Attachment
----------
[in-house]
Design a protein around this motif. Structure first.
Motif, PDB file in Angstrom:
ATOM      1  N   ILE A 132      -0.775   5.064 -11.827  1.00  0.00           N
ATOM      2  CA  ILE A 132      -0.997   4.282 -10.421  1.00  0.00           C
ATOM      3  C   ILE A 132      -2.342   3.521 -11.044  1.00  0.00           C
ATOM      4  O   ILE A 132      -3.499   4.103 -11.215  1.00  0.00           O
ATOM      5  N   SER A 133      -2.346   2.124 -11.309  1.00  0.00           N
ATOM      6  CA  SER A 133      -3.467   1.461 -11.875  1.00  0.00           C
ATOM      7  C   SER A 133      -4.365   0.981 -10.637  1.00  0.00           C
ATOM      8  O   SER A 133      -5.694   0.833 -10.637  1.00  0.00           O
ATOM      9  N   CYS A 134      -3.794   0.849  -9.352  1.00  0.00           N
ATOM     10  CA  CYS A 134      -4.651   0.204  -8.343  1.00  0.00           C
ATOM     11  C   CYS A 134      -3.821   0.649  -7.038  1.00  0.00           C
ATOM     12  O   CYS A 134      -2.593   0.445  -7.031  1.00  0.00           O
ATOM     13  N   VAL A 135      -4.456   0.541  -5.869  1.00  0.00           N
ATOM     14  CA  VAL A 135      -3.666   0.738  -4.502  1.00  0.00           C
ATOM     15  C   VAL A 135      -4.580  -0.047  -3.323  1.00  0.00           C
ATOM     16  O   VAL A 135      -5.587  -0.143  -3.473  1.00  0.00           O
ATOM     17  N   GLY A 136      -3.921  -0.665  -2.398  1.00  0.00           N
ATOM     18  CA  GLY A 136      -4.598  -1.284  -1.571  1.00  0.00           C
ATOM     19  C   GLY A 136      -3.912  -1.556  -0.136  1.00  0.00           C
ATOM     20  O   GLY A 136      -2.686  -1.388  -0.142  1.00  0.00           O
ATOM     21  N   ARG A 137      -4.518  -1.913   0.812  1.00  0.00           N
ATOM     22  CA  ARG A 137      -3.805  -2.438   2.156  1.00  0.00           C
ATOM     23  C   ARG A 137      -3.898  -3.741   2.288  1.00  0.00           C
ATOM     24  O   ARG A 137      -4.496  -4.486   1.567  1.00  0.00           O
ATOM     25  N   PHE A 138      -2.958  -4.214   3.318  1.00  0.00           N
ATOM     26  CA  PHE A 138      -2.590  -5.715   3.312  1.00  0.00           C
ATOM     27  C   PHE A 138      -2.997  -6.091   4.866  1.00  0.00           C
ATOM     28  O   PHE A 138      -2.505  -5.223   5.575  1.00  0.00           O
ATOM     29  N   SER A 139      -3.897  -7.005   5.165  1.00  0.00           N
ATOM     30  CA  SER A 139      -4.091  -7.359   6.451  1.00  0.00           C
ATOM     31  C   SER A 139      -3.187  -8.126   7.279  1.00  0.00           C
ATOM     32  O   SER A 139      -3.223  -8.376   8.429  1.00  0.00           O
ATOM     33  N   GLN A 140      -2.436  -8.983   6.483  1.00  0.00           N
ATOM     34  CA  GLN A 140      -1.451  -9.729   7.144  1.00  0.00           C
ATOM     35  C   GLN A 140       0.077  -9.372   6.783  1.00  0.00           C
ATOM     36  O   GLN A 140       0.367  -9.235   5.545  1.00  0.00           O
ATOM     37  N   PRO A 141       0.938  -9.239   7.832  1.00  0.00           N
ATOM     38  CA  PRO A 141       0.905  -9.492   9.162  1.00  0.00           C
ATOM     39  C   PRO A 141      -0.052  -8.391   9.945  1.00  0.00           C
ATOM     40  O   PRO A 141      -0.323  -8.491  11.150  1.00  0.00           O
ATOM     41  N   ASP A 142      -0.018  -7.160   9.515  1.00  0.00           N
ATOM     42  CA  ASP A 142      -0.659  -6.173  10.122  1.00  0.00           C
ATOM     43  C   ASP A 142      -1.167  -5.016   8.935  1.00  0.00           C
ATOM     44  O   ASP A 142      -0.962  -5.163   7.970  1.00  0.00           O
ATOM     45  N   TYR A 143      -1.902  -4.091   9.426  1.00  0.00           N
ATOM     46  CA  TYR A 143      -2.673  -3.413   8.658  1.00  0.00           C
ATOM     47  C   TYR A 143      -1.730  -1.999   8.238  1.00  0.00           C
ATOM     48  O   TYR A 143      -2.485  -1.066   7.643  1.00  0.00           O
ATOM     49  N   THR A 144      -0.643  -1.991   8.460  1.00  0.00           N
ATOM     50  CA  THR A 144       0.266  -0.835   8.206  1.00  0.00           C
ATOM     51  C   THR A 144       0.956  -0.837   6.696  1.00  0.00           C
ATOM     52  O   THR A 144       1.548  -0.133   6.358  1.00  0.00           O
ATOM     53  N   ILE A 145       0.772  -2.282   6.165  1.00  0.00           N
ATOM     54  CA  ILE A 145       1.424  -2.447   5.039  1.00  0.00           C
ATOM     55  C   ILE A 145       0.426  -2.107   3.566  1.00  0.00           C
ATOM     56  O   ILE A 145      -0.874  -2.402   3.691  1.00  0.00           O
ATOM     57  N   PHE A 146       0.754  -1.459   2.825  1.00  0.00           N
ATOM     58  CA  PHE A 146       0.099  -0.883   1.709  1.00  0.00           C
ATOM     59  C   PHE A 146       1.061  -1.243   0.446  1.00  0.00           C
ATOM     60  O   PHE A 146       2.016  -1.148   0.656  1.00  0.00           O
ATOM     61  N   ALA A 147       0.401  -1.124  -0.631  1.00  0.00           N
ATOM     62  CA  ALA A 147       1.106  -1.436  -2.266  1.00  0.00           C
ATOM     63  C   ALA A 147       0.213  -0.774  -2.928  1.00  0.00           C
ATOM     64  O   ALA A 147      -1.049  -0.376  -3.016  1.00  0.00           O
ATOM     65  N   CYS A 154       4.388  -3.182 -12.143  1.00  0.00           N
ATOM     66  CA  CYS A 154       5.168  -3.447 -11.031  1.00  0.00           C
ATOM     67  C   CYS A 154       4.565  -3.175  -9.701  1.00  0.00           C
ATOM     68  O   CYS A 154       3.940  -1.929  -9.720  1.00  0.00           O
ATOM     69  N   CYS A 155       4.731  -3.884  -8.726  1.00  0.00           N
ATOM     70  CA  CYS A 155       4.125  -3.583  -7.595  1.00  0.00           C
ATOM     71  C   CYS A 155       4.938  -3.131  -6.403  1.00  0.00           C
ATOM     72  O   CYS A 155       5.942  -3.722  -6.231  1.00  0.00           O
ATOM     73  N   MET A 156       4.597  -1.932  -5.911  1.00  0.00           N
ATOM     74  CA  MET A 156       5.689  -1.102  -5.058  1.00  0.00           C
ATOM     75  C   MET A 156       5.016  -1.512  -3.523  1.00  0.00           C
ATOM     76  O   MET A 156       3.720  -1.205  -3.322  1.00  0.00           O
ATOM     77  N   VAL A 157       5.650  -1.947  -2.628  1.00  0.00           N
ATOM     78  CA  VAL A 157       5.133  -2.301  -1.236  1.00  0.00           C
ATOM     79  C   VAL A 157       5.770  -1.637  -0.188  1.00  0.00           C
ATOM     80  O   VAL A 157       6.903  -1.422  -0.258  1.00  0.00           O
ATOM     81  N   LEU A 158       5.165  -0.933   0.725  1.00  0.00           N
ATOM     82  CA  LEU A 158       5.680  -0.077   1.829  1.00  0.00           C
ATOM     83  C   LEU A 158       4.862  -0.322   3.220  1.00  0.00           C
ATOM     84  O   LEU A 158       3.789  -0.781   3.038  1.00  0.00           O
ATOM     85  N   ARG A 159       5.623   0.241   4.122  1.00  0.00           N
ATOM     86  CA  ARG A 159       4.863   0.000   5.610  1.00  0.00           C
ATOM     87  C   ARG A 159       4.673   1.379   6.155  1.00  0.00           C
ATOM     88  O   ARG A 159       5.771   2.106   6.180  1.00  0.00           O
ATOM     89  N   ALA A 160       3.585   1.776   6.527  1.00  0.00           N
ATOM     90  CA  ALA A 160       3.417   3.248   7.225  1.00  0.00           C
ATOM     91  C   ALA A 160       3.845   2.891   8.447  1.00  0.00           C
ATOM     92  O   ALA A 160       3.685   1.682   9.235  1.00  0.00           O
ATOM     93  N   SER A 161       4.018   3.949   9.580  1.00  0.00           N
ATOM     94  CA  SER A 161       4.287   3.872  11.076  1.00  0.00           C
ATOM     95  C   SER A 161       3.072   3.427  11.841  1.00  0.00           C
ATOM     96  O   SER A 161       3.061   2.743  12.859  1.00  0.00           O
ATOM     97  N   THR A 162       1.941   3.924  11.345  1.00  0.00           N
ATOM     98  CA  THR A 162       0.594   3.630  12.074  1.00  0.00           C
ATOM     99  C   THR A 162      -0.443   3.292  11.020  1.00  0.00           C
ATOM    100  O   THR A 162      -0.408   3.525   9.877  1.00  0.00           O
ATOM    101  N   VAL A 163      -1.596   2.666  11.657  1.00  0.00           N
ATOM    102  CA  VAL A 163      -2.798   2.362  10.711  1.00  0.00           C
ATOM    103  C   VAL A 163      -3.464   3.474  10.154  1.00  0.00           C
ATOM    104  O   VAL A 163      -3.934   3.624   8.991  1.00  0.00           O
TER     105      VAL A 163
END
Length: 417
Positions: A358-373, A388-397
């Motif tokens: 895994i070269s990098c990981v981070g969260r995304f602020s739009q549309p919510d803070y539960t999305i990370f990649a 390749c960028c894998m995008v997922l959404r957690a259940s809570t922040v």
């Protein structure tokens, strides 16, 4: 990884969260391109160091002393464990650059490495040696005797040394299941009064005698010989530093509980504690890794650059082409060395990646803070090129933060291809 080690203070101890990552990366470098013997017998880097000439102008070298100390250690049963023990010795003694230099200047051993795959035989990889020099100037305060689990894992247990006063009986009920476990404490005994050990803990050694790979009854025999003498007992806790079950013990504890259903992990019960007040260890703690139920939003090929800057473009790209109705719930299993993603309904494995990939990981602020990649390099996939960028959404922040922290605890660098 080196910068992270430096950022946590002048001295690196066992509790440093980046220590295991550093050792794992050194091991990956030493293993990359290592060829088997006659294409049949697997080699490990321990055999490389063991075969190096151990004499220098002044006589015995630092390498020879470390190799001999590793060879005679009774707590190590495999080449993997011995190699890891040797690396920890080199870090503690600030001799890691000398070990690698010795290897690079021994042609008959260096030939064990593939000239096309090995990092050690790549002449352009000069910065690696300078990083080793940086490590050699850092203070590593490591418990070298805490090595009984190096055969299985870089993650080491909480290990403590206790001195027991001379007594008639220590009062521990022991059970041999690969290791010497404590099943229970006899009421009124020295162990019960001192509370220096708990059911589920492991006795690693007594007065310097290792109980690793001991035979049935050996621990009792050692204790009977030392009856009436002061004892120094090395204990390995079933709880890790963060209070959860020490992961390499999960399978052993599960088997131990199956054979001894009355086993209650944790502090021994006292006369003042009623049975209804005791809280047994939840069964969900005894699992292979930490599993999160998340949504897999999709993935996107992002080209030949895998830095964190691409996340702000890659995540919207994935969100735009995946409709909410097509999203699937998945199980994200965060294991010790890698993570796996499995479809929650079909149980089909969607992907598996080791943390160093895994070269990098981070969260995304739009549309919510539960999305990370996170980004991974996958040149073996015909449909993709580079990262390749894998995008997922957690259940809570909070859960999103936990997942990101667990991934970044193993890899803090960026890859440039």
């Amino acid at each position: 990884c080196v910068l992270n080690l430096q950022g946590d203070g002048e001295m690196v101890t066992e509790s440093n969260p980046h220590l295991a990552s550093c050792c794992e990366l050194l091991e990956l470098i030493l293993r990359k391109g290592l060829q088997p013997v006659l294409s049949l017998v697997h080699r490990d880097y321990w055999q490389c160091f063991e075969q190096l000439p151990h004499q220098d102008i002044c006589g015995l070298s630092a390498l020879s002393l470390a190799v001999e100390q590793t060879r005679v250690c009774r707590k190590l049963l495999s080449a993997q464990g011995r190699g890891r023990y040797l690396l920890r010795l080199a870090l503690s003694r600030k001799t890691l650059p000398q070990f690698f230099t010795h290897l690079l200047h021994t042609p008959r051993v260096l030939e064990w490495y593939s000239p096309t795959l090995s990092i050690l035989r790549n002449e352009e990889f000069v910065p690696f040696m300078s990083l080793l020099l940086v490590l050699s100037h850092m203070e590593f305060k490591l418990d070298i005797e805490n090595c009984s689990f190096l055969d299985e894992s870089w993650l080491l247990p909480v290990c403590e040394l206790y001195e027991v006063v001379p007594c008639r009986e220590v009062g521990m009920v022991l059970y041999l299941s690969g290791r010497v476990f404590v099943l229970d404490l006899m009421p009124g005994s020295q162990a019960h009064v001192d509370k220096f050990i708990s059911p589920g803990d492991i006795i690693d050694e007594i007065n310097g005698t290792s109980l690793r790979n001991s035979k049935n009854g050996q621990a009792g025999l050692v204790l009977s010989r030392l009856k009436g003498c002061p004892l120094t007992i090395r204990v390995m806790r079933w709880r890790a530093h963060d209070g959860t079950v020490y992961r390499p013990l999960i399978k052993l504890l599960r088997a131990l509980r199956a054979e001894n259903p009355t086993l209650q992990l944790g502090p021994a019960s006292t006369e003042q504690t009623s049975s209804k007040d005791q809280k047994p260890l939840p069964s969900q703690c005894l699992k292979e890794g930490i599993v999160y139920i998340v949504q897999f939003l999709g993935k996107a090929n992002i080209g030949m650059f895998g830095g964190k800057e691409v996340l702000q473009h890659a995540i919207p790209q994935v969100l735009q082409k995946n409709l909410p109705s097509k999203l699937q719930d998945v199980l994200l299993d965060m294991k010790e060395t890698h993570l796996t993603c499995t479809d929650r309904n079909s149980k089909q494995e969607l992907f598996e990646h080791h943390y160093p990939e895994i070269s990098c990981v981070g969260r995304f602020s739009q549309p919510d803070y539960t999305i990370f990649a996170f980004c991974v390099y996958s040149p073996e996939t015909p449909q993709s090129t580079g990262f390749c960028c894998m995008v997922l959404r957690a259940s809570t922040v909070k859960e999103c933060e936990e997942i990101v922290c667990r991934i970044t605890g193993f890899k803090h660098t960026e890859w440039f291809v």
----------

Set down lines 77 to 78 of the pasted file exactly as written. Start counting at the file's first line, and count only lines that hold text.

ATOM     74  CA  MET A 156       5.689  -1.102  -5.058  1.00  0.00           C
ATOM     75  C   MET A 156       5.016  -1.512  -3.523  1.00  0.00           C